Eddie Rickenbacker lived many years beyond that ordeal, but he never forgot the sacrifice of that first lifesaving seagull. And he never stopped saying, 'Thank you.' That's why almost every Friday night he would walk to the end of the pier with a bucket full of shrimp and a heart full of gratitude.

Reference: (Max Lucado, In The Eye of the Storm, pp.221, 225-226)PS: Eddie was also an Ace in WW I and started Eastern Airlines.


  1. Hi Marydon
    What a heartwarming story. Thanks for sharing it.

  2. That is a wonderful touching story, Marydon. Thanks so much for sharing it today!

  3. Great story, once they are gone this world will be a sad place.
    Thanks for stopping by.

  4. Great story....thanks for sharing. If there ever was a moral here, it would have to be 'never give up'...on life or love or God.

  5. Thanks for visiting! Yes, we love Romeo...I know some people may not "get it" but he's a special little guy to us anyway! Blessings to you! Luanne

  6. Have you ever heard of Belleek china from Ireland? I have a cup and saucer and salt/pepper trays. I saw your picture down there and that your mother loved shamrocks! Well my daughter decided to get a shamrock tattoo on the back of her neck! We are some Irish but gosh! Luanne

  7. What a great story, Marydon. Thank you for sharing it. There will always be men fighting for us and suffering and dying. Some will survive and live to tell the story. I won't see the day of no more war and killing of our young men..but hopefully someone will.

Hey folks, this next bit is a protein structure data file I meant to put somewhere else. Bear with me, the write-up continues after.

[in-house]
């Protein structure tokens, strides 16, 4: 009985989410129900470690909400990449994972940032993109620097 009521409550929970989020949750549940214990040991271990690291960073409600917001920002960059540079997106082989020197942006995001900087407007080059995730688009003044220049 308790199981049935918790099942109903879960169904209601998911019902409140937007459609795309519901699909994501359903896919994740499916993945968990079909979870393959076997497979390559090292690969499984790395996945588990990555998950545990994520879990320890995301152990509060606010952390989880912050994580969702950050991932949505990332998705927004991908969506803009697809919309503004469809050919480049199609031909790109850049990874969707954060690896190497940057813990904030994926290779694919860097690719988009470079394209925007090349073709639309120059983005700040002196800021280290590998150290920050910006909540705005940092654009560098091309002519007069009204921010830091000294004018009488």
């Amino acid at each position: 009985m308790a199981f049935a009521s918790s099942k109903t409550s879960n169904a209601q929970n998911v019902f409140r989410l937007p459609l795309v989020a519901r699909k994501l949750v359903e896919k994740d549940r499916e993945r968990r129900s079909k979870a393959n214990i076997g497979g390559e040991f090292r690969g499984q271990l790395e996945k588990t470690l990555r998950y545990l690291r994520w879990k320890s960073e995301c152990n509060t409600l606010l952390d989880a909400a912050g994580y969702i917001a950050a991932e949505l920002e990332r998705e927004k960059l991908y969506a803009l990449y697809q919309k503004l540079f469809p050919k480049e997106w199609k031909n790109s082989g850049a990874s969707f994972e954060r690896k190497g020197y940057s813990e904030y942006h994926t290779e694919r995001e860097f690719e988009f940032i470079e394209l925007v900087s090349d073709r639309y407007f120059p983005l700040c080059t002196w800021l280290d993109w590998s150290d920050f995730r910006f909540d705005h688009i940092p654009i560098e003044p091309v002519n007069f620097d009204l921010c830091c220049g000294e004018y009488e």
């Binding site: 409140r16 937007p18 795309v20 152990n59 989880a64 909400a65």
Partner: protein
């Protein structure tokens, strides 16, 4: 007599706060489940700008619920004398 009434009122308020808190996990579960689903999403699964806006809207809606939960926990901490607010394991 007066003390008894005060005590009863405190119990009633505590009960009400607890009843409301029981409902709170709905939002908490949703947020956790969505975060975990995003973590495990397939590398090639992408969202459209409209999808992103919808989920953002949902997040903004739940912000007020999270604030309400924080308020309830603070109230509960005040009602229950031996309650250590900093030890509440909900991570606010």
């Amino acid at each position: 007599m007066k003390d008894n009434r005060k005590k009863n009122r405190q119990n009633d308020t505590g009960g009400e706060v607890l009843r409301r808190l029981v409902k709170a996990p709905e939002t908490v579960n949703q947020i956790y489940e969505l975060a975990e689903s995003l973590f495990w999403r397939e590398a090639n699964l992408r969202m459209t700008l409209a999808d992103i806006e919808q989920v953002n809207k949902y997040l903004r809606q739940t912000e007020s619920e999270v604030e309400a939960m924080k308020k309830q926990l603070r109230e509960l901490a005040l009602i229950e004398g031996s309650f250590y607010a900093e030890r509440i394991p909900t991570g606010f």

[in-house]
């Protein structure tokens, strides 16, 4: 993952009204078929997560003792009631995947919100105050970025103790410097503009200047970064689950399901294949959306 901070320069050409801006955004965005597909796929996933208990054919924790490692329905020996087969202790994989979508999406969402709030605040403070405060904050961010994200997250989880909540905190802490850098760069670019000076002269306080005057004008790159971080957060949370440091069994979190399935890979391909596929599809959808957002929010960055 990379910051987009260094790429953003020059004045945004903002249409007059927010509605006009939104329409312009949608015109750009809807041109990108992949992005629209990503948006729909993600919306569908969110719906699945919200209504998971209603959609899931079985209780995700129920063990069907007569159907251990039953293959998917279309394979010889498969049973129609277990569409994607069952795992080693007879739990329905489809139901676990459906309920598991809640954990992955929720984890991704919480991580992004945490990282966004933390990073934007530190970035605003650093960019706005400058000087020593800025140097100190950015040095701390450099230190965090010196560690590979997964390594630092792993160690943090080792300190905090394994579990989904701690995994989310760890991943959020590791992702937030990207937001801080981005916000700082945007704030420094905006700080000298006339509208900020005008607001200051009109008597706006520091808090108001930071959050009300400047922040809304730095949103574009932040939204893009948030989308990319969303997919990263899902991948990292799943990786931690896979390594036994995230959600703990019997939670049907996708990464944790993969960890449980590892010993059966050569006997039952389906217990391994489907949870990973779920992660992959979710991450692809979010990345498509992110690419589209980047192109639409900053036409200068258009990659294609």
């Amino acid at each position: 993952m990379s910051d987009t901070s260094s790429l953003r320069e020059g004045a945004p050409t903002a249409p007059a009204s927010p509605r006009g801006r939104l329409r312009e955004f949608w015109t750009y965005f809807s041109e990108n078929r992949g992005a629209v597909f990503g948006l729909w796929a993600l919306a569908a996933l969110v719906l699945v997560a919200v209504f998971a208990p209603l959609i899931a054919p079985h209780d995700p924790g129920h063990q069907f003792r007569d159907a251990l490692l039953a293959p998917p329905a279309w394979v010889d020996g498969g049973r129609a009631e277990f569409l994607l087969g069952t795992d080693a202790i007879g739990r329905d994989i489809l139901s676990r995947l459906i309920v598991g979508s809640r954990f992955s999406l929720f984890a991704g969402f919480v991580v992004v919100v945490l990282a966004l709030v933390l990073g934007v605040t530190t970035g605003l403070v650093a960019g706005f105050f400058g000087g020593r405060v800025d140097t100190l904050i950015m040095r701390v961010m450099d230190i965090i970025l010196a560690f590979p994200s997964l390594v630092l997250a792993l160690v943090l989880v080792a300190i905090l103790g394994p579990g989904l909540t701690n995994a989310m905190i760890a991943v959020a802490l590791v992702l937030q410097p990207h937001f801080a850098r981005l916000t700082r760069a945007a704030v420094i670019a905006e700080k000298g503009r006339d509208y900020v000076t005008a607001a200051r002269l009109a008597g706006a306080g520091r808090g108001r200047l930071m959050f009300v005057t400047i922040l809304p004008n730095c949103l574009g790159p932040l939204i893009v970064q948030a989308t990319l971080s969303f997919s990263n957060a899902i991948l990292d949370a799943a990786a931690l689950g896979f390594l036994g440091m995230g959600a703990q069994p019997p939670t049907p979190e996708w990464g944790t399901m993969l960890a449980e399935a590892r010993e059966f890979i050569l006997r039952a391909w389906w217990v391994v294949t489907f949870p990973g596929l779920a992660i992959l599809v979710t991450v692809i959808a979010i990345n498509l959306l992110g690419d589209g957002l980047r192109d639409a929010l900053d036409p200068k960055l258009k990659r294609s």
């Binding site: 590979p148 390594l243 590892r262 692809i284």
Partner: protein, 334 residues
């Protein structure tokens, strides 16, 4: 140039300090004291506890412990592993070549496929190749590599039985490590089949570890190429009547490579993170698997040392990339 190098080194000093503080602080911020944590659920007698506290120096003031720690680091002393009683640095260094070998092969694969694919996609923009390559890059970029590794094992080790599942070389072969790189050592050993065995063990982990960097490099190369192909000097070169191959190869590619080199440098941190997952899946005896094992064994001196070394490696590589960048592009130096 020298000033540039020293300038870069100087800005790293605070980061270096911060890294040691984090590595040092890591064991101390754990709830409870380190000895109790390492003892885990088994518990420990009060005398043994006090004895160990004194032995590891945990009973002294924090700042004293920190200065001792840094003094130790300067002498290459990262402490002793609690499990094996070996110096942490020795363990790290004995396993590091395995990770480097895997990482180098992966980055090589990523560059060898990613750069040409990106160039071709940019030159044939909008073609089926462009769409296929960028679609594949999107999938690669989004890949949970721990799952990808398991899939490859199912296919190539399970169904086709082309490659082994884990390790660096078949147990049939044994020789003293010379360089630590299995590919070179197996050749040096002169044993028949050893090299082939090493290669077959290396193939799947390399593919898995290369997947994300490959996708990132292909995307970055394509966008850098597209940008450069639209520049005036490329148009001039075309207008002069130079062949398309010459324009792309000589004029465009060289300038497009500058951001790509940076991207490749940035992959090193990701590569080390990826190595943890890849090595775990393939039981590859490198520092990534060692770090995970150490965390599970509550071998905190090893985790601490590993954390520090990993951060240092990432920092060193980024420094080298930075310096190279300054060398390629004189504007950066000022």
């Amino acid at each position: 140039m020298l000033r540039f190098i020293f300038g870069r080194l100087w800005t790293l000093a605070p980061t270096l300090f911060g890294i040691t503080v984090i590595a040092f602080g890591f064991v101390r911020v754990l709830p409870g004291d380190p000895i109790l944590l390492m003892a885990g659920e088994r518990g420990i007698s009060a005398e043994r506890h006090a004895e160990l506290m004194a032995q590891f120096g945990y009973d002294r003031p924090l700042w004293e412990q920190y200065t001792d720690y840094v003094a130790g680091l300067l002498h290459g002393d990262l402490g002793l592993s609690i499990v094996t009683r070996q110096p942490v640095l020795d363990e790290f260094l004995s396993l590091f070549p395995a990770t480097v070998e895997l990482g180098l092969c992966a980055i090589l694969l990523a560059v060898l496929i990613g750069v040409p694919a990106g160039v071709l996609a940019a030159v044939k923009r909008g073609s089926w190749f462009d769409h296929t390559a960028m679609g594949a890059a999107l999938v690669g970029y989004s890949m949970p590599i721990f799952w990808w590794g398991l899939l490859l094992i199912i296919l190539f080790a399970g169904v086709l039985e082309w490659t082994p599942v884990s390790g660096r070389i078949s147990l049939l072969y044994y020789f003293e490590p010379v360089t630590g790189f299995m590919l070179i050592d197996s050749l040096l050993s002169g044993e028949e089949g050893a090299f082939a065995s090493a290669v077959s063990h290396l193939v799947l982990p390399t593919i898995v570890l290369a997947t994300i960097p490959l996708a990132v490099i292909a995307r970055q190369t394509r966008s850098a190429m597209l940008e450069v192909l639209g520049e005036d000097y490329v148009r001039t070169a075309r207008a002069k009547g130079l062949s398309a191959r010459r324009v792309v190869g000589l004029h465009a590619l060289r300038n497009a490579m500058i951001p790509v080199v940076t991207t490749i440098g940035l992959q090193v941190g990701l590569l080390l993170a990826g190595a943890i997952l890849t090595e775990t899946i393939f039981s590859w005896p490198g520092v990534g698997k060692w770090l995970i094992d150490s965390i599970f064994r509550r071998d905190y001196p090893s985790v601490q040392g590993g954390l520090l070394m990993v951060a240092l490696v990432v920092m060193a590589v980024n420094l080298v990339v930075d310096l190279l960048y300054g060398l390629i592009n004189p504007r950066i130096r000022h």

After Korea and three tours in Viet Nam, I hoped Patrick would...but he did not. I wish those men had lived to see that day. Just a random thought.
    The old addage "you can never tell a book by it's cover" is so true..
    Always look deeper for what you seek in human kind.
    Love and hugs to you, Marydon.

  8. What a wonderful and heartening story. Thank you for telling it here. Such great characters seem to be disappearing now.

  9. Thank you for sharing this story.

  10. What a wonderful story. Thanks for sharing it.
    Gosh. What a tribute to a simple bird. That's awesome.
    Thanks for stopping by my blog. I so loved my quick trip to Montana. Don't know when I'll be going back. Gorgeous! Just gorgeous!
    Have a great day! Karen

  11. Thanks for the chillbumps Marydon!!!! ;)
    ♥ Teresa

  12. Hi Marydon, I got goosebumps (or should I say gull bumps) reading this story. I loved it and the fact that Ed is so thankful, made me cry. They prayed for a miracle and were given one. How many times I have prayed and been given one? And even been given one, when I have not yet prayed for it. And how thankful am I!

  13. I read his book when I was young...he is an impressive fellow! What wonderful heroes have been born in the defense of this great country. God bless them and the lessons they hold for all of us!

  14. I read this story recently and it STILL moved me when I read it again. What a wonderful thoughtful man. If only there were more like him, the world would be a more peaceful place.

  15. Thanks for sharing this and for your lovely comment on my blog!

  16. Oh my gosh, what a wonderful, touching story...I had tears in my eyes reading about it. Thank you so much for sharing!!

  17. What an amazing and touching story....thank you for sharing...hugs, Linda

  18. Such an amazing story. Thank you!

  19. Gratitude is such a simple concept but with powerful results. Eddie had a grateful heart. I love this story.
    xxoo, Susan